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*Shubael Conant was born on this date in 1783. He was a white-American merchant, silversmith, businessman and abolitionist.
Born in Mansfield, Connecticut, Shubael Conant, he was the son of Eleazar Conant and Eunice Storrs. He was apprenticed to the business of watchmaking, at North Hampton, and became thoroughly familiar with that trade. When twenty-six years old, he engaged in mercantile pursuits, and July 5, 1810, came to Detroit with a stock of goods and opened a store on Jefferson avenue.
Conant remained in business there until the Native American surrender of the city of the British in 1812. Mr. Conant returned to Detroit in 1813, and became connected with Colonel Stephen A. Mack, under the firm name of Mack & Conant. For several years this firm did as large a business as any house west of Albany and contracted with the Government for supplying the different posts on the frontiers. They made large advances to the Government, as well as others and the business failed. Conant eventually paid every claim in full. After closing his commercial career, Conant acted as agent for the noted furrier firm of Davis & Centre, of Albany, New York. He managed to amass a lot of money. He built the "Michigan Exchange" hotel, as well as other buildings of less prominence.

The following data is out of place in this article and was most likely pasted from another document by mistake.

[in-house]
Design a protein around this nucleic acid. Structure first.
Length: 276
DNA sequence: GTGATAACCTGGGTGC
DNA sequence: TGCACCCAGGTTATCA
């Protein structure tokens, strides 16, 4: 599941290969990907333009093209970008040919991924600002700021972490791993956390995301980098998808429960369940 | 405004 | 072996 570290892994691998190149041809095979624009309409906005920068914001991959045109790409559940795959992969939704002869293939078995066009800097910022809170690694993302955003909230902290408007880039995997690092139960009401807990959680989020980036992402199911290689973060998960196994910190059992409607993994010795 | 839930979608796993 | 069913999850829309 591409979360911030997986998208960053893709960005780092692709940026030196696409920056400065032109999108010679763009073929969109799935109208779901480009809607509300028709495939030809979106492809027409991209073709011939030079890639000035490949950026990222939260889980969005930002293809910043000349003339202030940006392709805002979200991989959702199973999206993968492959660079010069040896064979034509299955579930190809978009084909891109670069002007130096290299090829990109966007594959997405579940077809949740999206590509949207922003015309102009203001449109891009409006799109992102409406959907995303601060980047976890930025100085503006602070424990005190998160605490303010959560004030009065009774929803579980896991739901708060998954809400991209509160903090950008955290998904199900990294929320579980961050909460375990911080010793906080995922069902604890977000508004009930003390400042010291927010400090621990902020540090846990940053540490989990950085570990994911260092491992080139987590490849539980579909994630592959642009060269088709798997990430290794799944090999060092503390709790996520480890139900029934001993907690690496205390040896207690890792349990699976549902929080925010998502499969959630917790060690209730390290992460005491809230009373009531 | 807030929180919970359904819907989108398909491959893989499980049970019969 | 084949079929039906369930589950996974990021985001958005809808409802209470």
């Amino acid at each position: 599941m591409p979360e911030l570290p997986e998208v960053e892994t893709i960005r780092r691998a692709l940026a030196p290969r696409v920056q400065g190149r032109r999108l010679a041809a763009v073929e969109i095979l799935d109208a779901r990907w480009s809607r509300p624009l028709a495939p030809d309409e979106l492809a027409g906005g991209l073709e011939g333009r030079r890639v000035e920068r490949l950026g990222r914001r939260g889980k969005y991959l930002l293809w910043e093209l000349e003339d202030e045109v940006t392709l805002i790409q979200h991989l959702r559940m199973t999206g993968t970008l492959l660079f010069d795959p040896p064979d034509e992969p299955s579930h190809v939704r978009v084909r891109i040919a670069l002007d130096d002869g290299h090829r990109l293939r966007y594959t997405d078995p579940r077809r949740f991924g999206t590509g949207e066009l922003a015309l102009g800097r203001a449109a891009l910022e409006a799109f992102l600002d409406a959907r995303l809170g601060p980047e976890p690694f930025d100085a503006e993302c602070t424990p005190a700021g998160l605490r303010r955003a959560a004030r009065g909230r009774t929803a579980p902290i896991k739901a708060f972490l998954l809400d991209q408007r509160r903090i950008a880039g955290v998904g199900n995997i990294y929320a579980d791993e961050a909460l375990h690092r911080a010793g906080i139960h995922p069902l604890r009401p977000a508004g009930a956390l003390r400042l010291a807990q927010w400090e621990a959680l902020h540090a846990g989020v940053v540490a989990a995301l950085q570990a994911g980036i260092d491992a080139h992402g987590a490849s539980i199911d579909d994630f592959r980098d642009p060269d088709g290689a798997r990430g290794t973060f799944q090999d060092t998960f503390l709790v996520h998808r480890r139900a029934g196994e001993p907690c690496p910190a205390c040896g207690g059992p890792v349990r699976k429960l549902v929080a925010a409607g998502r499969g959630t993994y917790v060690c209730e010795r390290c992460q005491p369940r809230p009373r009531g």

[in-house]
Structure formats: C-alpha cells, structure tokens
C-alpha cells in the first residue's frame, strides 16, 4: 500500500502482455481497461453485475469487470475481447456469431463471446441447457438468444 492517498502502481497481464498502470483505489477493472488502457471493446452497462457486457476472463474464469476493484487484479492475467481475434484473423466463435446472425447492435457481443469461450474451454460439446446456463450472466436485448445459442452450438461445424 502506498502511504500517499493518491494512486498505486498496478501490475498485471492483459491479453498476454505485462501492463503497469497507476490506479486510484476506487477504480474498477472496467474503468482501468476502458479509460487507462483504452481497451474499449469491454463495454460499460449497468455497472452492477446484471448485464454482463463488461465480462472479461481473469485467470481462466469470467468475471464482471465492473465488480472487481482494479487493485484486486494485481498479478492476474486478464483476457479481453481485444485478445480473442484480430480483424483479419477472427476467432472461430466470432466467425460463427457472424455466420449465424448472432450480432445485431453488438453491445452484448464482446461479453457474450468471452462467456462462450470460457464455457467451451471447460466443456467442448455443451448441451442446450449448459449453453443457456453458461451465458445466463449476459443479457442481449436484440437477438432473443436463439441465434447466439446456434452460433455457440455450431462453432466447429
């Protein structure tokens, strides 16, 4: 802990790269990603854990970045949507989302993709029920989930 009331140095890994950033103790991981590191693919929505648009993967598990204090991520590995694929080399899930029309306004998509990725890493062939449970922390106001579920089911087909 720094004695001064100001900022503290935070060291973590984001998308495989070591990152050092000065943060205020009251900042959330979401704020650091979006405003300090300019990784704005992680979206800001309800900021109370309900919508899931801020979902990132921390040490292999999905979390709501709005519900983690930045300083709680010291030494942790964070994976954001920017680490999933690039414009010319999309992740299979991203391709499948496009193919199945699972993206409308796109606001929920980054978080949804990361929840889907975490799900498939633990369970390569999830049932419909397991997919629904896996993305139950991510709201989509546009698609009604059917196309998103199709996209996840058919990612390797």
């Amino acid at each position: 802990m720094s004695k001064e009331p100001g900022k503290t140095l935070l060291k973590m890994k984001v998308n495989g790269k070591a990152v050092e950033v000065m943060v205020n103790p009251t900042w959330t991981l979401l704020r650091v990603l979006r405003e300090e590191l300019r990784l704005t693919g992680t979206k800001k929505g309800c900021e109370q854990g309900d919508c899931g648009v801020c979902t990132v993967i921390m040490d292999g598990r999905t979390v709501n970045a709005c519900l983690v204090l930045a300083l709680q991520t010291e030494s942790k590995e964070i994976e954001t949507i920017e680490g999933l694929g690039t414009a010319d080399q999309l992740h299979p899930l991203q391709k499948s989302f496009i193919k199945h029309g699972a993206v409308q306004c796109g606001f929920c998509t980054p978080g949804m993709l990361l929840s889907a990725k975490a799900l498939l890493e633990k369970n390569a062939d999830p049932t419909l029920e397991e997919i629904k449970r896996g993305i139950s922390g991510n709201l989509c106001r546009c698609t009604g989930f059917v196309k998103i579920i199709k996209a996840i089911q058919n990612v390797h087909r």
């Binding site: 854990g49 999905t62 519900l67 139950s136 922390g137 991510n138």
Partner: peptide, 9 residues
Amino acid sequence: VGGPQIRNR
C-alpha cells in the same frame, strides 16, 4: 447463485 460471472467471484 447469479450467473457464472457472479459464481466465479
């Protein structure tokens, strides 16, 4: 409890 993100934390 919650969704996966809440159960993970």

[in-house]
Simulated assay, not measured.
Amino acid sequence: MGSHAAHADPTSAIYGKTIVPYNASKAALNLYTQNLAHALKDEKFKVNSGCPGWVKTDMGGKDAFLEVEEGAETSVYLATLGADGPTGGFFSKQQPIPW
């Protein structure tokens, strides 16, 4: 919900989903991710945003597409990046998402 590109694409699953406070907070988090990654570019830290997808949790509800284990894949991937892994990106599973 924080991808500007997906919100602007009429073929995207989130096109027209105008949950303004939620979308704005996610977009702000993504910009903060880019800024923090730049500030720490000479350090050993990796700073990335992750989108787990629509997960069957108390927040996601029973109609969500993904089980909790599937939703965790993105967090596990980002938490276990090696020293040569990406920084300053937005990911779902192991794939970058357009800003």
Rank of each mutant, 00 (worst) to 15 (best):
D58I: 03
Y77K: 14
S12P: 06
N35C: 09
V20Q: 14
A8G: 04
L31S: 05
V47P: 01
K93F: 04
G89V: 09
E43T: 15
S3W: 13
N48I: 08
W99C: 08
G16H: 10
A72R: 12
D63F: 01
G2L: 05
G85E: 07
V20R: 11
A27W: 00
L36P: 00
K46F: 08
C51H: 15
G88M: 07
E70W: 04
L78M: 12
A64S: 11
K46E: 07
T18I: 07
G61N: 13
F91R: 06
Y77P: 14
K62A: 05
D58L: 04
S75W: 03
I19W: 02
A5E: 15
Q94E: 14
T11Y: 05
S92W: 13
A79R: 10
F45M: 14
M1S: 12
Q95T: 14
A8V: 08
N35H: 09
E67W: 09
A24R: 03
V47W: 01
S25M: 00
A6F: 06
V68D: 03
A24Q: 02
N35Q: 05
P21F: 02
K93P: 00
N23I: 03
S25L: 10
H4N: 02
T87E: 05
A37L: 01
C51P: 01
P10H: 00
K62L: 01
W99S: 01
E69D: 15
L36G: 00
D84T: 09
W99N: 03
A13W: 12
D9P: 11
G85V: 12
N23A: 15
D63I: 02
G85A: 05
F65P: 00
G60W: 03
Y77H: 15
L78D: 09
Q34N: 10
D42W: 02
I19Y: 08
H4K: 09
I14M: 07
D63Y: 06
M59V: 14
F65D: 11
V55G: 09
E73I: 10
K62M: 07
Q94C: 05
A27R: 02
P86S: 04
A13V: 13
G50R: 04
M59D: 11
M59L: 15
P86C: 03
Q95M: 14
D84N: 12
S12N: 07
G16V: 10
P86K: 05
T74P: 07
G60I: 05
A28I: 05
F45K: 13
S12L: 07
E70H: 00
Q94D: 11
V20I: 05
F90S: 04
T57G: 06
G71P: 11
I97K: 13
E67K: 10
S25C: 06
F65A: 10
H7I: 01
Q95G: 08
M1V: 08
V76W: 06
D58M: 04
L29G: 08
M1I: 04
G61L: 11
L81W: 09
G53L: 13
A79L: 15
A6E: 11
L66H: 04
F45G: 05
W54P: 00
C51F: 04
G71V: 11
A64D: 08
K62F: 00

Conant founded and served as the first president of the Detroit Anti-Slavery Society. The Society not only demanded the abolition of slavery, but also focused attention on “the elevation of our colored brethren to their proper rank as men.” He was a Christian and a member of the Fort Street Presbyterian Church. He had a political interest in ending slavery throughout his life. In his later years, he participated in meetings that lead to the formation of the Republican Party in Jackson, Michigan. Shubael Conant died on July 17, 1867, he never married. He left his estate (valued at $234,603.42 in 1867) to his nephews and his nieces.
Image: Ray Henry